On Wednesday morning, members of the community gathered at Pebble Hill to discuss ancestors, genealogy and cemeteries in a lecture on how to preserve family history.
Author Frazine Taylor spoke to the group about how to connect with one's ancestors even though they are gone.
“Be aware that no matter how much studying of your family you will do or how often you will go to their gravesite, they will not speak to you because they are dead,” Taylor said.
Taylor went over the different records and files that can help investigate the history of those deceased. She gave tips on how to look at one record and find clues to look at other records.
She mentioned strange records might exist. Like in 1920 and 1921, dog registration existed in Elmore County, Alabama, and she used that information to find more information about her family.
Before the lecture, a group of student researchers presented their work from the local Baptist Hill Cemetery.
The research was led by Robert Bubb, a lecturer at the University in human development and family studies. He got involved with African American history after he did some research for his grandfather in 2012 about their family and found out his great-grandmother was recorded as a black woman in a 1910 consensus.
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“Immediately, I knew there was a story here,” Bubb said. “I needed to know more about her and her history.”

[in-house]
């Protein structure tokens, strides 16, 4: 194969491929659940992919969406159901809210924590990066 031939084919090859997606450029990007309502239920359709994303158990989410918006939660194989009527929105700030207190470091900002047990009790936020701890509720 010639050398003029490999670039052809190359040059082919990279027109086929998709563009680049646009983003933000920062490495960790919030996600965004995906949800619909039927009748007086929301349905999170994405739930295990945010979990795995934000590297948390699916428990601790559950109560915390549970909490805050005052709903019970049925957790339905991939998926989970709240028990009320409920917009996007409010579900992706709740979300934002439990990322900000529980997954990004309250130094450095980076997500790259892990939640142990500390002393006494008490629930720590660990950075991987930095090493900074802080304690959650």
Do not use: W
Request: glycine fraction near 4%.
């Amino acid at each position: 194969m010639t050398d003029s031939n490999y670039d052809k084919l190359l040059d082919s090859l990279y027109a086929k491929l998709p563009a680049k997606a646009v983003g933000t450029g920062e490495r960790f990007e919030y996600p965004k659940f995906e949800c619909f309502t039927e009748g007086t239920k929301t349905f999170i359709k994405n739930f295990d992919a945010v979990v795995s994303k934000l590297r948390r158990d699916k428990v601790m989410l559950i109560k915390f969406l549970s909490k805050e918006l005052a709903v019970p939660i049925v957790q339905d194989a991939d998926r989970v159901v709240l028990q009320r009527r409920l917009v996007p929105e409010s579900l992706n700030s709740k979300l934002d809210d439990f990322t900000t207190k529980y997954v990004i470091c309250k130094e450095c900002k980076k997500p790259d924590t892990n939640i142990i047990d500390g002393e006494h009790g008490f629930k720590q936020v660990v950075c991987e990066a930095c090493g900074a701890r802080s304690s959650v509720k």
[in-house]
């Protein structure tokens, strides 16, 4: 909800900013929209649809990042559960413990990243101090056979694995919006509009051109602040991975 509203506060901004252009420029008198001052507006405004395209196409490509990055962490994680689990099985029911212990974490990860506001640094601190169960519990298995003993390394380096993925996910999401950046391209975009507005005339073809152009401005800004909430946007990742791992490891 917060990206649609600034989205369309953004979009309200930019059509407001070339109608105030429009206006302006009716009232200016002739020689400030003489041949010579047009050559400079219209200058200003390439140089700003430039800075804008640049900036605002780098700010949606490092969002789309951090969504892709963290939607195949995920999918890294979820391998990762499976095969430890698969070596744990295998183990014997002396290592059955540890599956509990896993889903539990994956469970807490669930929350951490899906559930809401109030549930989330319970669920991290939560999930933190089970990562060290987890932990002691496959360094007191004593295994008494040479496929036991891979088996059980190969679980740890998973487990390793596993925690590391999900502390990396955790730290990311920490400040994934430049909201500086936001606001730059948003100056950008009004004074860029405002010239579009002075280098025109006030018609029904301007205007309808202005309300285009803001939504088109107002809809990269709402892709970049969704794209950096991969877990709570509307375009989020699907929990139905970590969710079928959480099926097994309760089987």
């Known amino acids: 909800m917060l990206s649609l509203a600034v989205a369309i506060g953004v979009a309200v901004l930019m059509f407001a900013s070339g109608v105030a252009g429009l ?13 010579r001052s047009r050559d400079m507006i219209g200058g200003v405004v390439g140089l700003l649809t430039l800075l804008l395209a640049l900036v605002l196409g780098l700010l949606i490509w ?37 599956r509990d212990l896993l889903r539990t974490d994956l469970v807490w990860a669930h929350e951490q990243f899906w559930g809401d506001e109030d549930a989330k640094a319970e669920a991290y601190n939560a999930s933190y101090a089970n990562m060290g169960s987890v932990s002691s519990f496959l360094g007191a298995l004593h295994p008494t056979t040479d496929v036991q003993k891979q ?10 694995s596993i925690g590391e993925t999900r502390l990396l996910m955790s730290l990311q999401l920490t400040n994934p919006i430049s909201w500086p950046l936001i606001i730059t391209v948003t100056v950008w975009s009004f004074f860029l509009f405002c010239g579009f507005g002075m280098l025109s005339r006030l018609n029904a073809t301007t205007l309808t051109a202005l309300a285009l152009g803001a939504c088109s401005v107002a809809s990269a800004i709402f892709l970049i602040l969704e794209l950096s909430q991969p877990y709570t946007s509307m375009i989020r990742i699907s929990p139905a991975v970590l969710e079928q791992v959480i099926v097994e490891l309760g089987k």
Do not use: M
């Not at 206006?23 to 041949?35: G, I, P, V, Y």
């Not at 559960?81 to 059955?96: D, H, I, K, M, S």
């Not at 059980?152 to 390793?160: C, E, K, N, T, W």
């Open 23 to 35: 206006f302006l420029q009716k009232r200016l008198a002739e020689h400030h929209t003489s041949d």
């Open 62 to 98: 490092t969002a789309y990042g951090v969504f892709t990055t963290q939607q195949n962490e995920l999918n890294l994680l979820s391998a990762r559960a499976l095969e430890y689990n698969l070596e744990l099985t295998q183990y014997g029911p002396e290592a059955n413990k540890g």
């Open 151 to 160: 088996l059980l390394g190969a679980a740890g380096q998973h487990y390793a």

His findings prompted a spark for a research project that would make him a research leader, attending many events like the cemetery preservation workshop.
His students presented work conducted on the stories of those peacefully resting in Baptist Hill in Auburn.
“[My family’s] story led me to wonder about all the stories being held in cemeteries around Auburn,” Bubb said.
Through workshops and research, students found stories they never thought would be encased within the tombstones of the Baptist Hill Cemetery.
Kira Kingston, a junior in communications, joined the research class after taking a class with Bubb previously. She began her research with Baptist Hill, the first African American cemetery in Auburn.
“I chose to do this class because, being a biracial student, my dad is really involved with finding our African American history, and I got involved, too,” Kingston said. “I’m also really passionate about telling people’s stories that can’t tell them themselves.”
Most of her research went into learning about the origins of Toomer’s Corner and how an African American man helped to make it happen.
Students and faculty were encouraged to look up their own ancestry stories, no matter where they come from.
“Seek out your family story,” Bubb said. “You’ll find ways you're connected to your ancestors. It could be little things, like personality traits. It’s good to know where you’ve been so you know where you’re going.”
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